This bias against yellow doesn’t seem to be confined to the UK, although yellow as a main colour was produced for longer in the US, Australia and New Zealand than it was here.  Yellow’s golden age (sorry, couldn’t resist it!) as far as JAJ was concerned was the late ‘fifties and early ‘sixties with the Daisy, Snowflake and Gooseberry patterns.  In these designs yellow was used as the main or background colour, always being teamed with black for the motifs.  It’s easy to see why the yellow version of these patterns was never overlaid with white as most of the others were but I can’t help feeling JAJ could have covered themselves with even more glory with these iconic designs if they’d tried blue motifs.  Ah, what might have been!

image2.jpegBlue and yellow go beautifully together and this ‘50s kitchen illustrates that perfectly.  Yellow Pyrex would have looked gorgeous on the table In here.

Obviously in the ‘fifties and early ‘sixties, Pyrex was only seen as kitchenware, as opposed to a chic, retro interiors accessory and kitchens in those decades were often decorated with a predominantly yellow scheme – in many cases the cabinetry was even yellow.  I should just clarify here that we’re talking pastel or ‘Spring’ yellow, not an acidic or super bright yellow such as the new Gen-Z yellow which is currently popping up in homes across the globe.  The three colours which I always associate with ‘fifties Pyrex are pink, turquoise and yellow and indeed all three of these colours were on trend for kitchens (and bathrooms) in this period.  It wasn’t unusual to see cabinets, tiles and walls in these colours in kitchens on both sides of the Atlantic and if you were lucky enough to live in the United States you could get appliances to match too.  If you had yellow cabinets, yellow Pyrex may have been a step too far, after all it helps if you can find your kitchenware but if you had a pink or turquoise kitchen, yellow ovenware would have been perfect. image1.jpeg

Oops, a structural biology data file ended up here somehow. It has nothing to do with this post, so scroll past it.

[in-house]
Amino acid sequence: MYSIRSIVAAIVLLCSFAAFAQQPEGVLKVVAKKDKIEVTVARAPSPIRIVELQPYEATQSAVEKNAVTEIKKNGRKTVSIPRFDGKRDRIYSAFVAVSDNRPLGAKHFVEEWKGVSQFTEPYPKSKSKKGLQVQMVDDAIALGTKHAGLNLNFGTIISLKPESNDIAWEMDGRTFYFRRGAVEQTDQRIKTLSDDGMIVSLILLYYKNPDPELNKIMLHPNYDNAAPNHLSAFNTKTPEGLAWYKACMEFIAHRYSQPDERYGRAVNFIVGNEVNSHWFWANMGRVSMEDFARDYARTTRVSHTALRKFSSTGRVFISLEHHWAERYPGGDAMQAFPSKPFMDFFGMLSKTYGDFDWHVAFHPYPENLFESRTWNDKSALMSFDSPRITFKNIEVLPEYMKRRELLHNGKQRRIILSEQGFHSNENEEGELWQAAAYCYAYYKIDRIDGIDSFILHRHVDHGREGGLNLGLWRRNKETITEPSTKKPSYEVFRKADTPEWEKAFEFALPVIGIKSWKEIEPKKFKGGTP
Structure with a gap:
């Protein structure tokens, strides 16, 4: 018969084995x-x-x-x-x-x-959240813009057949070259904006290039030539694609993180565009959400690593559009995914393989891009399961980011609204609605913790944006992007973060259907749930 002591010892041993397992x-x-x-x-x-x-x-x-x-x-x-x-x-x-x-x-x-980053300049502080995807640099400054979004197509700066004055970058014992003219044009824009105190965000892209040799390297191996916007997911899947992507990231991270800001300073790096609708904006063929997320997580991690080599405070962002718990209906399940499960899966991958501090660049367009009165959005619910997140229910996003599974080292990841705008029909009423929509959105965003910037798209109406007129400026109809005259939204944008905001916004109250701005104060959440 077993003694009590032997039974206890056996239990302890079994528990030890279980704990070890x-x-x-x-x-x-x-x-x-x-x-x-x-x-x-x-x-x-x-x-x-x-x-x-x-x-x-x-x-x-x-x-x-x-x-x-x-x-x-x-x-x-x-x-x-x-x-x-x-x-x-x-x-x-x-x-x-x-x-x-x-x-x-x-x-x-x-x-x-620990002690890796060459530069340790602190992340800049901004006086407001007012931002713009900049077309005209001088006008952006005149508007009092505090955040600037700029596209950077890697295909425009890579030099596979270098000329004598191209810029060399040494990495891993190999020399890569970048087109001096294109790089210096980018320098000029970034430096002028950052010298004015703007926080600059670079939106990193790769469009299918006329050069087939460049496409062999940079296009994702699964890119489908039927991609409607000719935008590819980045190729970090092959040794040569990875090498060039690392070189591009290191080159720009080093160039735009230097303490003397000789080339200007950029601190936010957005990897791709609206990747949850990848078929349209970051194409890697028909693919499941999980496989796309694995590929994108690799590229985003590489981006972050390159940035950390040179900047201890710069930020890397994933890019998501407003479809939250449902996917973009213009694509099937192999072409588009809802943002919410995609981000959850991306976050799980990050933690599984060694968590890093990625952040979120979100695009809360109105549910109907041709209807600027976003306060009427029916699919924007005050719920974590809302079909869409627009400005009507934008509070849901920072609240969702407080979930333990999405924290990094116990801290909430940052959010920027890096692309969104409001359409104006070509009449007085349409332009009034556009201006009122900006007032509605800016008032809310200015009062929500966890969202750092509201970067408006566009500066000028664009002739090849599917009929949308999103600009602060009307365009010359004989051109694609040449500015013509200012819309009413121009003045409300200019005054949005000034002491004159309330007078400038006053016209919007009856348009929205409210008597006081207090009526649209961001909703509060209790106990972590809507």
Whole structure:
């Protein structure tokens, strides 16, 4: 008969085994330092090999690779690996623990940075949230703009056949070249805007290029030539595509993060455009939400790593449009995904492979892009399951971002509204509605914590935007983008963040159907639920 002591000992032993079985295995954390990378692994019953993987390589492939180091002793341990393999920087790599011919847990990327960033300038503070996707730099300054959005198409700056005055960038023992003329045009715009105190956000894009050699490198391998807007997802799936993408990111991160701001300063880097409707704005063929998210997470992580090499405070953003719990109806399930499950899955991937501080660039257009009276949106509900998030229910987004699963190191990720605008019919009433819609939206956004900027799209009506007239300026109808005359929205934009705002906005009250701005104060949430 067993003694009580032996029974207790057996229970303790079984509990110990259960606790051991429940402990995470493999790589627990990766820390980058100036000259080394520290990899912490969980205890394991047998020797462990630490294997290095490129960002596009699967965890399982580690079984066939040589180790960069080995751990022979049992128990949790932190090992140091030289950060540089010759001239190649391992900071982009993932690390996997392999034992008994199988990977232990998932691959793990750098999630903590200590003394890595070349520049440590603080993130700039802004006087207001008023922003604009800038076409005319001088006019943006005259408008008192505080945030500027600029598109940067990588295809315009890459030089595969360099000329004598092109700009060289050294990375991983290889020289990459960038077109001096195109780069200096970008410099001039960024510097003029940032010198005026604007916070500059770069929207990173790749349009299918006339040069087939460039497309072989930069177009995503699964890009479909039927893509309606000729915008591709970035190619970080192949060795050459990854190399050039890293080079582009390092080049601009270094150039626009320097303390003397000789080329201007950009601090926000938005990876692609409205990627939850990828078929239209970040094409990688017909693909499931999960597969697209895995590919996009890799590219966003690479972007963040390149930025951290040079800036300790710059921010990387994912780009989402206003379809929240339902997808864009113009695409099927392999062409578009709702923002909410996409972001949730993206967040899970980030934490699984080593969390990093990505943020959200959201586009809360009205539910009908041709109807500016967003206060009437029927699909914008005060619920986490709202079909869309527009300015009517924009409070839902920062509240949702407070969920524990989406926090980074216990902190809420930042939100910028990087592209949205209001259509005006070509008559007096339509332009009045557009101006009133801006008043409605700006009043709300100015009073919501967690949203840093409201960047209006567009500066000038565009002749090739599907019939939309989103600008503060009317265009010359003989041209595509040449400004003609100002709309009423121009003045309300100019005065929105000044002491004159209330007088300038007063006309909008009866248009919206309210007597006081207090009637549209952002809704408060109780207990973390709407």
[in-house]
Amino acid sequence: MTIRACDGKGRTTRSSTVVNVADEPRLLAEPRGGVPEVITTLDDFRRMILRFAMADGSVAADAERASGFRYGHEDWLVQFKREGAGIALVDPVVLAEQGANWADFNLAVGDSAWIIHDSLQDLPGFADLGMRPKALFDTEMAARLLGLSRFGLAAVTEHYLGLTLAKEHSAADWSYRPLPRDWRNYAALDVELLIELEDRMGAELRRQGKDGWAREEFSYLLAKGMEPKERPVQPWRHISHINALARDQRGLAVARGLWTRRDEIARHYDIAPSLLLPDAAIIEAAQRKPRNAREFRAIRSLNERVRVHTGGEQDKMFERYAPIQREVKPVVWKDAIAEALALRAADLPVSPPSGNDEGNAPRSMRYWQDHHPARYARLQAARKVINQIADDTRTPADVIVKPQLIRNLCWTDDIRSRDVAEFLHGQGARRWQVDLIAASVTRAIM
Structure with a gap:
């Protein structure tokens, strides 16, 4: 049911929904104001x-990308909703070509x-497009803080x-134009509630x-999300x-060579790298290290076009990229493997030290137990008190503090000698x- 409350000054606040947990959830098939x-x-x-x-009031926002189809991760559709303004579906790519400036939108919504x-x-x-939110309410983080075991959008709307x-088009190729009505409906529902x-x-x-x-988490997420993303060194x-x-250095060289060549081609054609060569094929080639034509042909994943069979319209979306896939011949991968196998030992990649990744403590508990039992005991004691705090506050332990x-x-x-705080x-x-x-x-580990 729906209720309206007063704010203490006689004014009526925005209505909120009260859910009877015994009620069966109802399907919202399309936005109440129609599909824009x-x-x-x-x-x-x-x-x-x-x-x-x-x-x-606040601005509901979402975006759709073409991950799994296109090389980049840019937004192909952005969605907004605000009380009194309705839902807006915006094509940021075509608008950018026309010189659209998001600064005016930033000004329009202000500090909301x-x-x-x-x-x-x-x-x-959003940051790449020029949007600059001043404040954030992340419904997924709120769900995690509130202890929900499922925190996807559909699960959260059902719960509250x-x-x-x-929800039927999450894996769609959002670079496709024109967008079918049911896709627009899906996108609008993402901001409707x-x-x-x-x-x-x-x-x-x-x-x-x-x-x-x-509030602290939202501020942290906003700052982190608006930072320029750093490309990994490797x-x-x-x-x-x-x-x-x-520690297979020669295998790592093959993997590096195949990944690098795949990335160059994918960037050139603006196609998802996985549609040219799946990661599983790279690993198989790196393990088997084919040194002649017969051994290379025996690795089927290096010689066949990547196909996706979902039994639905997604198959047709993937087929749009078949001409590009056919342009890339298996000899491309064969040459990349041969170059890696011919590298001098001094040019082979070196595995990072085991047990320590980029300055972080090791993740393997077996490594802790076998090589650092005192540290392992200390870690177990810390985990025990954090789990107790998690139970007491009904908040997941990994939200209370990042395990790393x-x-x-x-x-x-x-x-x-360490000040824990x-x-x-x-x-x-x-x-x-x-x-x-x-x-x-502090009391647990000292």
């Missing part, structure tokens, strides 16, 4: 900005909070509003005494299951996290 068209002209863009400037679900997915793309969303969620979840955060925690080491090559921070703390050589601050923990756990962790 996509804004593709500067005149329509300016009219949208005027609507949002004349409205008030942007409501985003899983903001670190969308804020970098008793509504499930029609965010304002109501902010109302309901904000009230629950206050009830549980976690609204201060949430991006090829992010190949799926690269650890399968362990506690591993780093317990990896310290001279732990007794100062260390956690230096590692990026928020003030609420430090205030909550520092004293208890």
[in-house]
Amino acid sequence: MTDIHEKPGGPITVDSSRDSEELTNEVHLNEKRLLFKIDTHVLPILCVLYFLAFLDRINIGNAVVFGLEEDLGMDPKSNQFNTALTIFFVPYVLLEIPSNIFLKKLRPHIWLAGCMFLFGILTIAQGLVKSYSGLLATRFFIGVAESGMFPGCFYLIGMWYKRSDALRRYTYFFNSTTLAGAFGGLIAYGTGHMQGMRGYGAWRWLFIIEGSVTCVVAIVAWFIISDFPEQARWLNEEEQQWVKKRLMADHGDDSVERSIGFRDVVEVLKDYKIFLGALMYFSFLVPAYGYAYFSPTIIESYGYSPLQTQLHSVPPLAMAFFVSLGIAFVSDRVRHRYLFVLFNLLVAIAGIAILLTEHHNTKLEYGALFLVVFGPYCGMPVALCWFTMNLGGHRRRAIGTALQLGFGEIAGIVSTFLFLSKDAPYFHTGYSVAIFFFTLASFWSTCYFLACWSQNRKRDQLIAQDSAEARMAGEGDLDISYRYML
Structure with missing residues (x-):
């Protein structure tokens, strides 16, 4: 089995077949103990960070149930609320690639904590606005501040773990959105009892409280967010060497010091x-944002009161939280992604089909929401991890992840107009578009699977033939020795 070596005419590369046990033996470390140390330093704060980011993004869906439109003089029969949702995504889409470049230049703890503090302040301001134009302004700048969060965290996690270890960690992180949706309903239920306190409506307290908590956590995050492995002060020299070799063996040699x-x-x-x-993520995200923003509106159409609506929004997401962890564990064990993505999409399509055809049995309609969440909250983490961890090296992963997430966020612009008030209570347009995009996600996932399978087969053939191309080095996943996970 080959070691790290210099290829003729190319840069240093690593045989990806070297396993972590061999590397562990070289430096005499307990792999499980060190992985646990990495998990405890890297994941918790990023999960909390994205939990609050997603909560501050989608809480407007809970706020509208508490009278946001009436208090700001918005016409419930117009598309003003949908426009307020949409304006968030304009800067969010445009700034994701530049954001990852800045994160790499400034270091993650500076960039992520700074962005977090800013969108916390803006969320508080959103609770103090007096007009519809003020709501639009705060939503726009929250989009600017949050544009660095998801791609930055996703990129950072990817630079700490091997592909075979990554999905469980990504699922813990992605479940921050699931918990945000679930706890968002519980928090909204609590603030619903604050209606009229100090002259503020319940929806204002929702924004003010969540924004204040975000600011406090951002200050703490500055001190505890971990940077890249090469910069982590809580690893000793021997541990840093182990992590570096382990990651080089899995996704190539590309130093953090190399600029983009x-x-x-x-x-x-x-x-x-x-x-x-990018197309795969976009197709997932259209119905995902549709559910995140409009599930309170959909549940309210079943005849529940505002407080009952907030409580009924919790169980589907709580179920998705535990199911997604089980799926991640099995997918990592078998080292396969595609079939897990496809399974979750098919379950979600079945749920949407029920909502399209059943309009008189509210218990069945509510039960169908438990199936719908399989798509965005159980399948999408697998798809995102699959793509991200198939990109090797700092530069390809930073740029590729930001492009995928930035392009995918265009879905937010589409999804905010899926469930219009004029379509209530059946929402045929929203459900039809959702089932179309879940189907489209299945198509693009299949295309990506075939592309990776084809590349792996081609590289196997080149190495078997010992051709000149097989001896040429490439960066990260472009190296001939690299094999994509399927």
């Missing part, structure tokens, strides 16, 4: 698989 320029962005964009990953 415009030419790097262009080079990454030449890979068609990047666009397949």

This very vibrant ‘50s kitchen shows that yellow definitely wasn’t unpopular then!